7 Shifts of the IS curve Recall from Chapter 11 that the consumption function is C(Y – T) = Co + Cy ✕ (Y – T), andThe investment function is I(r) = Io – Ir ✕ rRecall also that the IS curve shifts right if there is:an increase in Co + Io + G, ora decrease in T.As a result, both Y and r increaseLMr1ISYY1
8 Shifts of the IS curverSimilarly, the IS curve shifts left if there is:a decrease in Co + Io + G, oran increase in T.As a result, both Y and r decreaseLMr1ISYY1
9 Shifts of the IS curverIn other words, we can make the following predictions:LMr1IS-LM PredictionsYrCo + Io + G+T−ISYY1
10 Ch. 11: Comparing fiscal policy in the Keynesian Cross and in the IS Curve In the Keynesian Cross model, expansionary fiscal policy boosts GDP by an amount dictated by the multipliers.Keynesian CrossK.C. Spending MultiplierK.C. Tax-Cut MultiplierIn the IS-LM model, expansionary fiscal policy also raises the real interest rate, thereby weakening the effect of fiscal policy on GDP. (Crowding-out effect)IS Curve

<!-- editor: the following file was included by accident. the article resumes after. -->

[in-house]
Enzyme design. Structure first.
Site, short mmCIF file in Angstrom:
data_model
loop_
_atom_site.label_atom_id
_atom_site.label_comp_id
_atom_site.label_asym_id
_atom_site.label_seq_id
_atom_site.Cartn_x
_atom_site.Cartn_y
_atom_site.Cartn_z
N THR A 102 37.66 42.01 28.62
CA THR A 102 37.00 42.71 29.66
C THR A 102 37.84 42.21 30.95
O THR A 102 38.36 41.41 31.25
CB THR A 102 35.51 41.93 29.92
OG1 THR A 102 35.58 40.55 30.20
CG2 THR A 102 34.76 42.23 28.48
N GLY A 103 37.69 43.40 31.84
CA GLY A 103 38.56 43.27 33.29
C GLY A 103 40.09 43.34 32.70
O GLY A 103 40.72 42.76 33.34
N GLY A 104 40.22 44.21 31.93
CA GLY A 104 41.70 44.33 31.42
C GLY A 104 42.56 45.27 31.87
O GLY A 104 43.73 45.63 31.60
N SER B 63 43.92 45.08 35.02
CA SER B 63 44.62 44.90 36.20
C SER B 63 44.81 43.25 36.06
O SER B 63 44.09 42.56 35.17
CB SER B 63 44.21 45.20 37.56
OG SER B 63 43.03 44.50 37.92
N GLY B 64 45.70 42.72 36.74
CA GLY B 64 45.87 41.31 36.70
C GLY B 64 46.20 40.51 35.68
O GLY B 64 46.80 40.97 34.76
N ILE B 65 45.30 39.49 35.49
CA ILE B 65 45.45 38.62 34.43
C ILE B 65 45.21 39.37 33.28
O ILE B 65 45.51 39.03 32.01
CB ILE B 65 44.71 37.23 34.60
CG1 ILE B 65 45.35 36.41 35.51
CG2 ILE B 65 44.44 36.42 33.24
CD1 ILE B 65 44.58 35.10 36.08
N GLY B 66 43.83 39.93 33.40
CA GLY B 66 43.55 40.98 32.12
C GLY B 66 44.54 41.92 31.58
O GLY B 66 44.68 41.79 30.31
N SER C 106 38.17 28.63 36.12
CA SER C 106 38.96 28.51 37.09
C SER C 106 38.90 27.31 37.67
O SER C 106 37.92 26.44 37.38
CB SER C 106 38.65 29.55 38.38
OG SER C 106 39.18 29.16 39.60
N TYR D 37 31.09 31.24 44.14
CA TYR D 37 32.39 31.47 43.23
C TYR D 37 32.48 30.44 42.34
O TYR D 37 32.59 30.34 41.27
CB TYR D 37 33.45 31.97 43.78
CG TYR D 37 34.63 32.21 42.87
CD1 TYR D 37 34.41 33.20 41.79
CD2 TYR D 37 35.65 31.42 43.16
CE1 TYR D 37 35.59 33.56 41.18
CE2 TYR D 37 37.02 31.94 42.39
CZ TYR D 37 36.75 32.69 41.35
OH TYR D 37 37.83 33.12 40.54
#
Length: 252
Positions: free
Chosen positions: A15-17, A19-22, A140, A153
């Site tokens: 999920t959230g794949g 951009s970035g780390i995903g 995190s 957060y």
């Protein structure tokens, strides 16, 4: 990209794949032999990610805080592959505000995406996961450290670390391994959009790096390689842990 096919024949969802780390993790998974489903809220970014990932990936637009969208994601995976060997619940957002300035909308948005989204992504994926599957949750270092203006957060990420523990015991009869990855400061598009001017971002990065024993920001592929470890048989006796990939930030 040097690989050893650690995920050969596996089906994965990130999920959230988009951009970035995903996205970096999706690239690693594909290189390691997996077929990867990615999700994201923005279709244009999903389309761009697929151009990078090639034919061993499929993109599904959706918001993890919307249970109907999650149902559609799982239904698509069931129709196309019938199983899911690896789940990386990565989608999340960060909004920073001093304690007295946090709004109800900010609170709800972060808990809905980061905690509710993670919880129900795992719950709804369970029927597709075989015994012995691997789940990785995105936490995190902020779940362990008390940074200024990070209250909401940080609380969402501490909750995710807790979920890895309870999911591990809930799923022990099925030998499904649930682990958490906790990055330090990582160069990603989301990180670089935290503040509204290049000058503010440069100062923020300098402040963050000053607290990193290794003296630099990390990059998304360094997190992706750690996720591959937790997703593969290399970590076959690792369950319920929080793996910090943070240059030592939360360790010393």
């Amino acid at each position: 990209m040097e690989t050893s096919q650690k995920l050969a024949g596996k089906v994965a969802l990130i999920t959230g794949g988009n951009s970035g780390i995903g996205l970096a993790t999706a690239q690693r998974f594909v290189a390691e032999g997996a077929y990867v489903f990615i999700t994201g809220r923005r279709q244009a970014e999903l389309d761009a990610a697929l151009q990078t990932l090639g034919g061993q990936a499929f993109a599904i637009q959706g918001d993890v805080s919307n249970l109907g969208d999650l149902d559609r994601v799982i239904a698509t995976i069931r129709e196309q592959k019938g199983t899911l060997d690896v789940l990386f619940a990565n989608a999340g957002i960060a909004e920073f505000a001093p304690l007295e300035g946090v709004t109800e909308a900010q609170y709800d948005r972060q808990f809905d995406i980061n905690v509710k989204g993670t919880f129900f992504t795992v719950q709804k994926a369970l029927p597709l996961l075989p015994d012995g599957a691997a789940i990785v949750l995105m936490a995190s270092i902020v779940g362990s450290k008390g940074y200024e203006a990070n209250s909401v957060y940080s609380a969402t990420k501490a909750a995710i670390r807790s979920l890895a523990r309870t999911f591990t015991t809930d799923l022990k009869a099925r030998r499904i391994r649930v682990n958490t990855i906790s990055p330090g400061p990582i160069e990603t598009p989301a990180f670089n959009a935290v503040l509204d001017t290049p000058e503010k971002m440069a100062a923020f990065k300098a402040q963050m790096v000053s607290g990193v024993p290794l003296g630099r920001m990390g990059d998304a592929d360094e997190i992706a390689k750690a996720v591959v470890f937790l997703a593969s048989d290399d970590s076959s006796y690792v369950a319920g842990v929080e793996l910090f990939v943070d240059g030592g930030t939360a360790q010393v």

11 Fiscal Policy is Weakened by the Crowding-Out Effect We have just seen that, in the IS-LM model, expansionary fiscal policy (G↑ or T↓)leads to higher interest rates, whichexerts downward pressure on investment spending, whichexerts downward pressure on GDP and jobs.This negative aspect of expansionary fiscal policy is called the crowding-out effectThis effect was absent in the Keynesian Cross modelThus, fiscal policy is less effective in the IS-LM model than in the Keynesian Cross model